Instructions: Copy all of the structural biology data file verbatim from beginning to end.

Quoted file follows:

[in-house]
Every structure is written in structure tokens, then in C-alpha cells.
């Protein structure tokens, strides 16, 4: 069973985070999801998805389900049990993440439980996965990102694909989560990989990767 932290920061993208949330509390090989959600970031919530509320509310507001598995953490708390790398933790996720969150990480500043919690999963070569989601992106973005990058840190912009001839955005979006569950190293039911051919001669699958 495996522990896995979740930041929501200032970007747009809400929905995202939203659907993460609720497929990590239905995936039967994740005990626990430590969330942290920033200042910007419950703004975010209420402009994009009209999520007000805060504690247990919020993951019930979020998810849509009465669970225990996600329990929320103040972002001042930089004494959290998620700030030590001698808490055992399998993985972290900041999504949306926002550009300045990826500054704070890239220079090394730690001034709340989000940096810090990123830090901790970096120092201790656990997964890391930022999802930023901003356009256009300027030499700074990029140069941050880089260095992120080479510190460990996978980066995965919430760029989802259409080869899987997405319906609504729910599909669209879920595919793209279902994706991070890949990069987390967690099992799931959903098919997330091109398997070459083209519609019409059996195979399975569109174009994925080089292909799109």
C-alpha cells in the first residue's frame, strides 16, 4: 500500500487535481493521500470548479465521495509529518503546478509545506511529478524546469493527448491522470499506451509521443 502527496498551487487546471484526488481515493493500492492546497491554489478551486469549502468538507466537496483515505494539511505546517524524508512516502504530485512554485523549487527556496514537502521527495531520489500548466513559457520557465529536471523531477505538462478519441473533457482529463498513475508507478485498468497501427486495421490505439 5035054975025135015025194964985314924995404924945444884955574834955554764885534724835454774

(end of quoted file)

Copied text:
[in-house]
Every structure is written in structure tokens, then in C-alpha cells.
């Protein structure tokens, strides 16, 4: 069973985070999801998805389900049990993440439980996965990102694909989560990989990767 932290920061993208949330509390090989959600970031919530509320509310507001598995953490708390790398933790996720969150990480500043919690999963070569989601992106973005990058840190912009001839955005979006569950190293039911051919001669699958 495996522990896995979740930041929501200032970007747009809400929905995202939203659907993460609720497929990590239905995936039967994740005990626990430590969330942290920033200042910007419950703004975010209420402009994009009209999520007000805060504690247990919020993951019930979020998810849509009465669970225990996600329990929320103040972002001042930089004494959290998620700030030590001698808490055992399998993985972290900041999504949306926002550009300045990826500054704070890239220079090394730690001034709340989000940096810090990123830090901790970096120092201790656990997964890391930022999802930023901003356009256009300027030499700074990029140069941050880089260095992120080479510190460990996978980066995965919430760029989802259409080869899987997405319906609504729910599909669209879920595919793209279902994706991070890949990069987390967690099992799931959903098919997330091109398997070459083209519609019409059996195979399975569109174009994925080089292909799109």
C-alpha cells in the first residue's frame, strides 16, 4: 500500500487535481493521500470548479465521495509529518503546478509545506511529478524546469493527448491522470499506451509521443 502527496498551487487546471484526488481515493493500492492546497491554489478551486469549502468538507466537496483515505494539511505546517524524508512516502504530485512554485523549487527556496514537502521527495531520489500548466513559457520557465529536471523531477505538462478519441473533457482529463498513475508507478485498468497501427486495421490505439 5035054975025135015025194964985314924995404924945444884955574834955554764885534724835454774